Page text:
Kruger stands as one of the oldest National Parks in South Africa and the world as a whole. The coverage of the park is 4.8 million acres, making it one of the largest in the world as well. In the contemporary society, extinction is a problem in most National part making it hard to achieve the level of diversity that is evident in Kruger National Park (Tapela and Omara-Ojungu 33). That banks on the best protection policies that exist within the borders of the National Park. Most of the achievements in the part came about in 2011 when the authority decided to strengthen sustainability within the park. Marking close to 3 percent of the remote areas available under private concession for a decade and a half based on a lease contract improved performance. One of the awards went to Singita, which got the opportunity to construct the best infrastructure to accommodate the needs of the growing population (Chaminuka et al. 24). Since the reinforcement of the authority, some ecological services have achieved growth. For instance, the lease program made it possible to provide more water sources to cater for the growing population. Moreover, there is the regulation of population as well as disease control to improve the state of the environment (Roux and Llewellyn 4). Additionally, there is the development of spiritual as well as recreational services to promote well-being.
Most issues evident in Kruger National park are the same with those affecting other parts of South Africa. The main problem relates to land ownership as well as justice. Some decades ago, some communities were moved out of their lands that later earmarked for the development of the National park (Spenceley, Anna and Harold 35). Ideally, that was a good move once done in the right manner. It stands out that the process never embraced justice and currently, most of the communities lay claim to the land. At one instance, close to half of the region became the subject of land claims, and that affected the relationship between various communities in the area. Even though the authority strived to solve some of these issues, a number of them were dismissed, and the affected are still not satisfied with the manner in which the case was handled. The Makhuleke community claim stands out, and the government, as well as other stakeholders, should intervene to ensure cooperation.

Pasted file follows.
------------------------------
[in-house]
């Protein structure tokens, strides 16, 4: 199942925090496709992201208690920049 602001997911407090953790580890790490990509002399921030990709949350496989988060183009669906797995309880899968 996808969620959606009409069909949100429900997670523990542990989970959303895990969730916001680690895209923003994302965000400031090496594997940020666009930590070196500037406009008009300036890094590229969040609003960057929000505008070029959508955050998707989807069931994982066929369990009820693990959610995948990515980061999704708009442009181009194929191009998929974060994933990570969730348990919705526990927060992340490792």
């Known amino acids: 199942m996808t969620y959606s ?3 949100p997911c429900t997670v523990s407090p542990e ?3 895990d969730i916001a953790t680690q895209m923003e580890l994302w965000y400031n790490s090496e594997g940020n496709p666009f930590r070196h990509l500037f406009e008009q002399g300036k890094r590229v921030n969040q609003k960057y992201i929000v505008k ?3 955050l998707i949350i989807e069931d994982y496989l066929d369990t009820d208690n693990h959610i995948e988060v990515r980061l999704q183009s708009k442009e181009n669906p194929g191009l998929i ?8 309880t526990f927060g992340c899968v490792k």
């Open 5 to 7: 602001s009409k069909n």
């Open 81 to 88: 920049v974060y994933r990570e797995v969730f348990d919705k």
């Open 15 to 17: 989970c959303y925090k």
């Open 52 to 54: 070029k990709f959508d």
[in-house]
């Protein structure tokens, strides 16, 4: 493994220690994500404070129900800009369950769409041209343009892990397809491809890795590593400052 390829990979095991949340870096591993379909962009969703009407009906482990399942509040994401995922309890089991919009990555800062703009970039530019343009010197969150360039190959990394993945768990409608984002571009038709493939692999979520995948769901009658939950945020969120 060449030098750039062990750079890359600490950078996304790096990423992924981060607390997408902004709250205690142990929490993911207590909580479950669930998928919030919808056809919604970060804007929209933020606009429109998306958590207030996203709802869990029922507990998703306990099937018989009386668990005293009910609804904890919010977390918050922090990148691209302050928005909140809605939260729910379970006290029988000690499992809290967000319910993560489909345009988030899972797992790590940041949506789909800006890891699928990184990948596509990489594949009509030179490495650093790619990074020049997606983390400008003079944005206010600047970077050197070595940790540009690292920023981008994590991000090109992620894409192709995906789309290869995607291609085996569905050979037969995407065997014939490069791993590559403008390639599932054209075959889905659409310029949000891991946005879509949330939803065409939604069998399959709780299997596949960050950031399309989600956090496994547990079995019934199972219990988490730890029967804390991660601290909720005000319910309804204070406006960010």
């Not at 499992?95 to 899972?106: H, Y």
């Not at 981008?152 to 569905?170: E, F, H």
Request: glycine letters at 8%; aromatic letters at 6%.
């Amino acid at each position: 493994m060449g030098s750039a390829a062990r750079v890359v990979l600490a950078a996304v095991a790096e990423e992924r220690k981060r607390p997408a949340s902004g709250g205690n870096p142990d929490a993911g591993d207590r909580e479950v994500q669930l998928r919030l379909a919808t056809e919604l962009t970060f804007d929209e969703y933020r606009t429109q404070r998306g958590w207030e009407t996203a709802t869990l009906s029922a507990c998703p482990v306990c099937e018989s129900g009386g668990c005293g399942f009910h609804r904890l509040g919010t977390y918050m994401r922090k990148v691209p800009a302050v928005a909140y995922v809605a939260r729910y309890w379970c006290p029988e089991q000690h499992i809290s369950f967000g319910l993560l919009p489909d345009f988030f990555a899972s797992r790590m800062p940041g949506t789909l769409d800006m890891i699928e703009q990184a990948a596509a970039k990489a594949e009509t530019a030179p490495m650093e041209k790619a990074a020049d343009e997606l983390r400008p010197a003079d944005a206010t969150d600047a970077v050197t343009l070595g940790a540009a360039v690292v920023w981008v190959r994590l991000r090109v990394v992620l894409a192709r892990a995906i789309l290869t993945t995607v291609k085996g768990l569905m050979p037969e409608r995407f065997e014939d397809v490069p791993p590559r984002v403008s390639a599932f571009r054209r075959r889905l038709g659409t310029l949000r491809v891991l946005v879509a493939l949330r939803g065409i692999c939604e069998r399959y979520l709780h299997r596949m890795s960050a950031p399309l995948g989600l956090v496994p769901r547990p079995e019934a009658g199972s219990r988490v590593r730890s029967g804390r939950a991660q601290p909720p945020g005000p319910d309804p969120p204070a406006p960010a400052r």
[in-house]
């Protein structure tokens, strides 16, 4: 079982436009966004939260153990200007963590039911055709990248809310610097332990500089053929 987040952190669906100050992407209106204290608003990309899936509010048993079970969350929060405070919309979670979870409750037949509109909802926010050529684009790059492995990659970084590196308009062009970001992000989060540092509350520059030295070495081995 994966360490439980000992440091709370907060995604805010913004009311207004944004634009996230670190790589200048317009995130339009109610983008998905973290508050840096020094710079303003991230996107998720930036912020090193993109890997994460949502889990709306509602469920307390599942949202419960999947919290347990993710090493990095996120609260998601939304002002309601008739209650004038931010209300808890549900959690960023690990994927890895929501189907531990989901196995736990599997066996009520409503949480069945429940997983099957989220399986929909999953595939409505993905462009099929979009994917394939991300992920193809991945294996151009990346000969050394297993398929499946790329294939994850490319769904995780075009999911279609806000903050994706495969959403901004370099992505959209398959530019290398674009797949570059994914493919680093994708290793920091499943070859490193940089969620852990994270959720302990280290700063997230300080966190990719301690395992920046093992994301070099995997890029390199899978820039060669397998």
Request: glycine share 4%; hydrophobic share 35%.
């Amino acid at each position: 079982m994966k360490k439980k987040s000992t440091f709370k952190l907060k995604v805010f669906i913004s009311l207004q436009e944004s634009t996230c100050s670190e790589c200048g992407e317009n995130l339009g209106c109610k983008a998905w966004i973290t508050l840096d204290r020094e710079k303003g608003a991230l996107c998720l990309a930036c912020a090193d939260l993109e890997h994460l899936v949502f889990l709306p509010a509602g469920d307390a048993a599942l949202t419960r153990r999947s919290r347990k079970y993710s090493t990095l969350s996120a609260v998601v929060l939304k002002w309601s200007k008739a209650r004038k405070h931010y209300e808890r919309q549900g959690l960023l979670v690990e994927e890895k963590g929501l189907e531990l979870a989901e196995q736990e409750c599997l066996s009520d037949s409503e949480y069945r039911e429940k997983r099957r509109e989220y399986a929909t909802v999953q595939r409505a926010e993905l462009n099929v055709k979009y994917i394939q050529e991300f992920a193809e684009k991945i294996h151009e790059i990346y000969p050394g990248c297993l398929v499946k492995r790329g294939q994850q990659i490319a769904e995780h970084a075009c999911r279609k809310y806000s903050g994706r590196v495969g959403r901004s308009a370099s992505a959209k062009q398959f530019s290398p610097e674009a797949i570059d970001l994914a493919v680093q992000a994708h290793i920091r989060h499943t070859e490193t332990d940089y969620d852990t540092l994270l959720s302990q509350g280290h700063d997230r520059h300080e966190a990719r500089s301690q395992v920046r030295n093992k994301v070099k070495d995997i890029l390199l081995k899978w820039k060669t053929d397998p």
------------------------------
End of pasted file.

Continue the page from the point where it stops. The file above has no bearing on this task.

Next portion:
Two key drivers of ecological change
Over the past century, there is close to one degree of warming which affects various parts of the world, and Kruger National park also suffers the blow. The climate change mostly affects birds. Moreover, the amendment extends to affect plant growing season as well as the distribution of animals and plants in the region (Butler, Richard and Stephen 40). The alteration in the dates for flowering, breeding as well as bird migration is an aspect that should receive a comprehensive consideration. Land use is also a factor that creates commotion in the region making it hard to for people and plants to co-exist in the area.
Opportunities for sustainability
Even though global warming is still a challenge in different parts of the world, the government of South Africa has the best approaches into consideration to reduce the emission by 13 percent. The impact of such a move is significant and will contribute to success in most occasions. The opportunity has been implemented in various regions including Kruger National Park (Anthony 35). The government of South Africa came to realize about the responsibility on combating climate change. The instance plays a major role in sustainable development. Improving infrastructure is also an instance that the government embraces to meet the needs of the growing population. People can move freely in the region making it possible to contribute positively towards the growth of the park as well as the economy as a whole. These two are the main strategies and will surely provide a competitive edge while fostering sustainability in the region.
Anthony, Brandon. “The dual nature of parks: attitudes of neighbouring communities towards Kruger National Park, South Africa.” Environmental Conservation 34.3 (2007): 6-245.
Butler, Richard, and Stephen W. Boyd. Tourism and national parks. Chichester: Wiley, 2000.
Chaminuka, P., et al. “Tourist preferences for ecotourism in rural communities adjacent to Kruger National Park: A choice experiment approach.” Tourism management 33.1 (2012): 8-176.
Roux, Dirk J., and Llewellyn C. Foxcroft. “The development and application of strategic adaptive management within South African National Parks.” koedoe 53.2 (2011): 01-05.
Spenceley, Anna, and Harold Goodwin. “Nature-based tourism and poverty alleviation: Impacts of private sector and parastatal enterprises in and around Kruger National Park, South Africa.” Current Issues in Tourism 10.2-3 (2007): 5-277.
Tapela, B. N., and P. H. Omara-Ojungu. “Towards bridging the gap between wildlife conservation and rural development in post-apartheid South Africa: the case of the Makuleke community and the Kruger National Park.” South African geographical journal 81.3 (1999): 8-155.